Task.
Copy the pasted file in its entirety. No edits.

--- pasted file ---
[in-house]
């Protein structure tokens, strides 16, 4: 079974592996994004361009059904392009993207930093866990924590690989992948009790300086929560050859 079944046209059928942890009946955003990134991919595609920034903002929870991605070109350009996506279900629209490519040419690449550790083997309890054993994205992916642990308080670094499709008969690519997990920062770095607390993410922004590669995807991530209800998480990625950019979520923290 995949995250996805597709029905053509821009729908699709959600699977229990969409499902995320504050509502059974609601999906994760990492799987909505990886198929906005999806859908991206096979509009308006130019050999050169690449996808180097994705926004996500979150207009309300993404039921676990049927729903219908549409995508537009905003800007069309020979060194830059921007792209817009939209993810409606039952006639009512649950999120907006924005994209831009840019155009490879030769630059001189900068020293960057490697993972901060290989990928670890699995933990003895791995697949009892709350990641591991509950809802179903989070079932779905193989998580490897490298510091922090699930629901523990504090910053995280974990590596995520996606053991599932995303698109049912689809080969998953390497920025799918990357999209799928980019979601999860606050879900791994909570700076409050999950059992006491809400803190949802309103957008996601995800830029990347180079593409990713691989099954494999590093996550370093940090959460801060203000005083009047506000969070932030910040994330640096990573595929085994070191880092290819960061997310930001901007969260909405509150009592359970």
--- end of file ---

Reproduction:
[in-house]
């Protein structure tokens, strides 16, 4: 079974592996994004361009059904392009993207930093866990924590690989992948009790300086929560050859 079944046209059928942890009946955003990134991919595609920034903002929870991605070109350009996506279900629209490519040419690449550790083997309890054993994205992916642990308080670094499709008969690519997990920062770095607390993410922004590669995807991530209800998480990625950019979520923290 995949995250996805597709029905053509821009729908699709959600699977229990969409499902995320504050509502059974609601999906994760990492799987909505990886198929906005999806859908991206096979509009308006130019050999050169690449996808180097994705926004996500979150207009309300993404039921676990049927729903219908549409995508537009905003800007069309020979060194830059921007792209817009939209993810409606039952006639009512649950999120907006924005994209831009840019155009490879030769630059001189900068020293960057490697993972901060290989990928670890699995933990003895791995697949009892709350990641591991509950809802179903989070079932779905193989998580490897490298510091922090699930629901523990504090910053995280974990590596995520996606053991599932995303698109049912689809080969998953390497920025799918990357999209799928980019979601999860606050879900791994909570700076409050999950059992006491809400803190949802309103957008996601995800830029990347180079593409990713691989099954494999590093996550370093940090959460801060203000005083009047506000969070932030910040994330640096990573595929085994070191880092290819960061997310930001901007969260909405509150009592359970």